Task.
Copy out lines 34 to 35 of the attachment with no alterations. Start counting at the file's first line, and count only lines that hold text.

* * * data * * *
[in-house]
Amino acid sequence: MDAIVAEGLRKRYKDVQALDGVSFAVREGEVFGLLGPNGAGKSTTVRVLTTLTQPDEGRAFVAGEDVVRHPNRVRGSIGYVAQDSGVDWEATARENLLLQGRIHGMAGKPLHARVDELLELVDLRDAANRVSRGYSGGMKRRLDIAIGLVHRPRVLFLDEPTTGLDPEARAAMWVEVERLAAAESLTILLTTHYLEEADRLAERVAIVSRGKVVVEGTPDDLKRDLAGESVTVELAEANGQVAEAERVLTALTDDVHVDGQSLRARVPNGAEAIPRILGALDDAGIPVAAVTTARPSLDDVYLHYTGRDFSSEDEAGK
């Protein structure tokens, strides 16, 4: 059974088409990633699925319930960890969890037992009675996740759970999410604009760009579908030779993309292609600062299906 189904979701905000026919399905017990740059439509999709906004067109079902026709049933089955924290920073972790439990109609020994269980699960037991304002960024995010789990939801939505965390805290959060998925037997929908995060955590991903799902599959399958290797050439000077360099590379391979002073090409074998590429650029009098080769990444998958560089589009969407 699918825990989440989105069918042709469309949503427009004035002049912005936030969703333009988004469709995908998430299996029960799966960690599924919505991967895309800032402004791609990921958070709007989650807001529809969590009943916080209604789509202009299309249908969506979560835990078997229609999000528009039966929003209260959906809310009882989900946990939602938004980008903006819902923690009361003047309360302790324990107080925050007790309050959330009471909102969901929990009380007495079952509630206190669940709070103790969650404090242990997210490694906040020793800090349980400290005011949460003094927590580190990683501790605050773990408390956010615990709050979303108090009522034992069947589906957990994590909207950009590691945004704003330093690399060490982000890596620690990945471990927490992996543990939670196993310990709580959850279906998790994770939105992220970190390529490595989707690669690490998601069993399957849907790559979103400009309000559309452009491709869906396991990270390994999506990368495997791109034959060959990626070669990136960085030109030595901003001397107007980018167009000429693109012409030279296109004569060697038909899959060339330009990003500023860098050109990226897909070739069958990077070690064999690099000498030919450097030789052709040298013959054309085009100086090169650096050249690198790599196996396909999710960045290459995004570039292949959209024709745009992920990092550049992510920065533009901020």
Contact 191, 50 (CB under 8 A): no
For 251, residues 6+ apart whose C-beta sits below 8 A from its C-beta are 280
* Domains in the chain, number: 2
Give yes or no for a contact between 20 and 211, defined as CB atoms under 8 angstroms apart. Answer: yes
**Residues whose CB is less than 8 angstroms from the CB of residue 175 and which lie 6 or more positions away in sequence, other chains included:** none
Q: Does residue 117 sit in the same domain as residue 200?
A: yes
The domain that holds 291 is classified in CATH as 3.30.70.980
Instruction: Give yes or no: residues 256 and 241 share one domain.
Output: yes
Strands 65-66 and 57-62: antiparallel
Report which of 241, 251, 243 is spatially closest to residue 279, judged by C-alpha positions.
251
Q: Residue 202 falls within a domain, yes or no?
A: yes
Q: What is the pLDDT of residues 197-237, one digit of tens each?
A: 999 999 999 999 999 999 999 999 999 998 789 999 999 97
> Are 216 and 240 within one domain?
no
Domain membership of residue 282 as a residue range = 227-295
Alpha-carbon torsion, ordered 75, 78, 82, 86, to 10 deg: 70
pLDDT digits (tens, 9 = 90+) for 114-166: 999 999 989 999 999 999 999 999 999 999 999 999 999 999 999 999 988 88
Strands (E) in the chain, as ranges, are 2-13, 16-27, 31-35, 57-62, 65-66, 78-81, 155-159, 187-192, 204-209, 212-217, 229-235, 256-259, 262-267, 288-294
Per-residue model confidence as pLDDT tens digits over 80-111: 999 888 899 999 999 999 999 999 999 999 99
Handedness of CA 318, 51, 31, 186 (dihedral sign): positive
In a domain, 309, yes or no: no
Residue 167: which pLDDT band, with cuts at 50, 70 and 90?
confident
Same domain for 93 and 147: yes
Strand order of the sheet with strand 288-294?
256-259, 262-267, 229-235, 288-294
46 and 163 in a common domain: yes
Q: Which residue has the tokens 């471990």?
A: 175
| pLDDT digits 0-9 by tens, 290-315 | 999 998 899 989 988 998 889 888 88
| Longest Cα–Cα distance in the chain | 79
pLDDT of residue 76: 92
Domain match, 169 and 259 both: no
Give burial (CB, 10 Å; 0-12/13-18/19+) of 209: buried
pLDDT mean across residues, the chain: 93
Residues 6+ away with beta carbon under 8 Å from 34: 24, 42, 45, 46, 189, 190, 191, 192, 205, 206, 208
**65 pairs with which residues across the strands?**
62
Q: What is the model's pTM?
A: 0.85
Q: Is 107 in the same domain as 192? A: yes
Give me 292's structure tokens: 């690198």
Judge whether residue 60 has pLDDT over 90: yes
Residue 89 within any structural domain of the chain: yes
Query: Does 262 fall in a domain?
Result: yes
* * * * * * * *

256-259, 262-267, 229-235, 288-294
46 and 163 in a common domain: yes